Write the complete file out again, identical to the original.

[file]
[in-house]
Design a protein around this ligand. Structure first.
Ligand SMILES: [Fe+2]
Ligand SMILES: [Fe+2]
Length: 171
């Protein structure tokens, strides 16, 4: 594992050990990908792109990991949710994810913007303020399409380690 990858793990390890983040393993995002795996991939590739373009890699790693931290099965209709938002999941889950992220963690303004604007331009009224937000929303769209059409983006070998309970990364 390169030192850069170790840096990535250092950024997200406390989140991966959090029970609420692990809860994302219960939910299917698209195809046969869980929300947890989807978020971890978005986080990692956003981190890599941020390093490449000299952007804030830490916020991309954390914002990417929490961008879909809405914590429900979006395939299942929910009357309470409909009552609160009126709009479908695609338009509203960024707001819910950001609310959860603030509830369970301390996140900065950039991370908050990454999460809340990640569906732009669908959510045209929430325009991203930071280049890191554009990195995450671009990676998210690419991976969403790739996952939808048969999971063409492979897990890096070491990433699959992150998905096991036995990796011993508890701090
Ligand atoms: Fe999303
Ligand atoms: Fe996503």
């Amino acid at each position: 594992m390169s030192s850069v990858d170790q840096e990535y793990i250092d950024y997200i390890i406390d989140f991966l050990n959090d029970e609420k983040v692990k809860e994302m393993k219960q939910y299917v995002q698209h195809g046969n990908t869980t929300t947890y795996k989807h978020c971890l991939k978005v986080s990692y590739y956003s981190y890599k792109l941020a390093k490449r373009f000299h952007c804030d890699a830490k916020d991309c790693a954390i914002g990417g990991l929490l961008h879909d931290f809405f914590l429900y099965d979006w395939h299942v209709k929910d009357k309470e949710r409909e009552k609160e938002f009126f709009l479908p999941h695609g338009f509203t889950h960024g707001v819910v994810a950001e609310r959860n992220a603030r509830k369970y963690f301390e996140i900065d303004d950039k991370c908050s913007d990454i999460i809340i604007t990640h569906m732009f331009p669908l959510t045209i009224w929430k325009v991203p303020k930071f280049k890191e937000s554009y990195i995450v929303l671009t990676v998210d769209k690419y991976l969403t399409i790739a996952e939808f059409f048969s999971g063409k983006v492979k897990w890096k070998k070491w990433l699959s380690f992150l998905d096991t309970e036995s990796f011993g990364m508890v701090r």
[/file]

[in-house]
Design a protein around this ligand. Structure first.
Ligand SMILES: [Fe+2]
Ligand SMILES: [Fe+2]
Length: 171
């Protein structure tokens, strides 16, 4: 594992050990990908792109990991949710994810913007303020399409380690 990858793990390890983040393993995002795996991939590739373009890699790693931290099965209709938002999941889950992220963690303004604007331009009224937000929303769209059409983006070998309970990364 390169030192850069170790840096990535250092950024997200406390989140991966959090029970609420692990809860994302219960939910299917698209195809046969869980929300947890989807978020971890978005986080990692956003981190890599941020390093490449000299952007804030830490916020991309954390914002990417929490961008879909809405914590429900979006395939299942929910009357309470409909009552609160009126709009479908695609338009509203960024707001819910950001609310959860603030509830369970301390996140900065950039991370908050990454999460809340990640569906732009669908959510045209929430325009991203930071280049890191554009990195995450671009990676998210690419991976969403790739996952939808048969999971063409492979897990890096070491990433699959992150998905096991036995990796011993508890701090
Ligand atoms: Fe999303
Ligand atoms: Fe996503």
């Amino acid at each position: 594992m390169s030192s850069v990858d170790q840096e990535y793990i250092d950024y997200i390890i406390d989140f991966l050990n959090d029970e609420k983040v692990k809860e994302m393993k219960q939910y299917v995002q698209h195809g046969n990908t869980t929300t947890y795996k989807h978020c971890l991939k978005v986080s990692y590739y956003s981190y890599k792109l941020a390093k490449r373009f000299h952007c804030d890699a830490k916020d991309c790693a954390i914002g990417g990991l929490l961008h879909d931290f809405f914590l429900y099965d979006w395939h299942v209709k929910d009357k309470e949710r409909e009552k609160e938002f009126f709009l479908p999941h695609g338009f509203t889950h960024g707001v819910v994810a950001e609310r959860n992220a603030r509830k369970y963690f301390e996140i900065d303004d950039k991370c908050s913007d990454i999460i809340i604007t990640h569906m732009f331009p669908l959510t045209i009224w929430k325009v991203p303020k930071f280049k890191e937000s554009y990195i995450v929303l671009t990676v998210d769209k690419y991976l969403t399409i790739a996952e939808f059409f048969s999971g063409k983006v492979k897990w890096k070998k070491w990433l699959s380690f992150l998905d096991t309970e036995s990796f011993g990364m508890v701090r």